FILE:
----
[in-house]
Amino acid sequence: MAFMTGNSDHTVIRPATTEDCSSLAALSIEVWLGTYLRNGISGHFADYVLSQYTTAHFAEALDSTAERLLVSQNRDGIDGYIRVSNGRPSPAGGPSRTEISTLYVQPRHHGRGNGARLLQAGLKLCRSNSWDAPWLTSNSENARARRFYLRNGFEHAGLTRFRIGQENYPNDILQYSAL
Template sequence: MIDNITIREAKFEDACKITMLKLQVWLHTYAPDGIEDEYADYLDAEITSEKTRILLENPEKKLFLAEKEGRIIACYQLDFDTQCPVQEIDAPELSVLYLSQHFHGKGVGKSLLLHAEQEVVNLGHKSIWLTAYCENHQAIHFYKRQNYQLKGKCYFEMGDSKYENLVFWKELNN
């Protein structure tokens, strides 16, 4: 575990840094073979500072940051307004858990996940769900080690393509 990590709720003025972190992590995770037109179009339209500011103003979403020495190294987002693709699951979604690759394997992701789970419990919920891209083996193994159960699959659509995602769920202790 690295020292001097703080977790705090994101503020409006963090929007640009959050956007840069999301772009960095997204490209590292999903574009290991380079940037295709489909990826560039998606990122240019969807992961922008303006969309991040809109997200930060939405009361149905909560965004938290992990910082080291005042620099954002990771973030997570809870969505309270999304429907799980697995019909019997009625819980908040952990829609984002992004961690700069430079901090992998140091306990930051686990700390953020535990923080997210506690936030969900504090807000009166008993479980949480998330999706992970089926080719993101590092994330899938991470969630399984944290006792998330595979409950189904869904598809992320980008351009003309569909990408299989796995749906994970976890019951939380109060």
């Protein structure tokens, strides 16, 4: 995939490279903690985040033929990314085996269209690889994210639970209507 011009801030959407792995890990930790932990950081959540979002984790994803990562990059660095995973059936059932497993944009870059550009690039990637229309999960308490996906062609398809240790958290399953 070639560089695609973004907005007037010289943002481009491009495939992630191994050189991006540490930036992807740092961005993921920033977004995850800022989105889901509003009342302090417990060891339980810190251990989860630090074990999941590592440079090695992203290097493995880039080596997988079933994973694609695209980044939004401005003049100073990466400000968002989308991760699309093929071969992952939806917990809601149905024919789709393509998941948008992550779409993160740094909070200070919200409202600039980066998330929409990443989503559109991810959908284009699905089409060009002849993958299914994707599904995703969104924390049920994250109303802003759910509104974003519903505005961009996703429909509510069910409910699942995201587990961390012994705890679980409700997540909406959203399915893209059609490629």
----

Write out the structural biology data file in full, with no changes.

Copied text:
[in-house]
Amino acid sequence: MAFMTGNSDHTVIRPATTEDCSSLAALSIEVWLGTYLRNGISGHFADYVLSQYTTAHFAEALDSTAERLLVSQNRDGIDGYIRVSNGRPSPAGGPSRTEISTLYVQPRHHGRGNGARLLQAGLKLCRSNSWDAPWLTSNSENARARRFYLRNGFEHAGLTRFRIGQENYPNDILQYSAL
Template sequence: MIDNITIREAKFEDACKITMLKLQVWLHTYAPDGIEDEYADYLDAEITSEKTRILLENPEKKLFLAEKEGRIIACYQLDFDTQCPVQEIDAPELSVLYLSQHFHGKGVGKSLLLHAEQEVVNLGHKSIWLTAYCENHQAIHFYKRQNYQLKGKCYFEMGDSKYENLVFWKELNN
């Protein structure tokens, strides 16, 4: 575990840094073979500072940051307004858990996940769900080690393509 990590709720003025972190992590995770037109179009339209500011103003979403020495190294987002693709699951979604690759394997992701789970419990919920891209083996193994159960699959659509995602769920202790 690295020292001097703080977790705090994101503020409006963090929007640009959050956007840069999301772009960095997204490209590292999903574009290991380079940037295709489909990826560039998606990122240019969807992961922008303006969309991040809109997200930060939405009361149905909560965004938290992990910082080291005042620099954002990771973030997570809870969505309270999304429907799980697995019909019997009625819980908040952990829609984002992004961690700069430079901090992998140091306990930051686990700390953020535990923080997210506690936030969900504090807000009166008993479980949480998330999706992970089926080719993101590092994330899938991470969630399984944290006792998330595979409950189904869904598809992320980008351009003309569909990408299989796995749906994970976890019951939380109060």
């Protein structure tokens, strides 16, 4: 995939490279903690985040033929990314085996269209690889994210639970209507 011009801030959407792995890990930790932990950081959540979002984790994803990562990059660095995973059936059932497993944009870059550009690039990637229309999960308490996906062609398809240790958290399953 070639560089695609973004907005007037010289943002481009491009495939992630191994050189991006540490930036992807740092961005993921920033977004995850800022989105889901509003009342302090417990060891339980810190251990989860630090074990999941590592440079090695992203290097493995880039080596997988079933994973694609695209980044939004401005003049100073990466400000968002989308991760699309093929071969992952939806917990809601149905024919789709393509998941948008992550779409993160740094909070200070919200409202600039980066998330929409990443989503559109991810959908284009699905089409060009002849993958299914994707599904995703969104924390049920994250109303802003759910509104974003519903505005961009996703429909509510069910409910699942995201587990961390012994705890679980409700997540909406959203399915893209059609490629």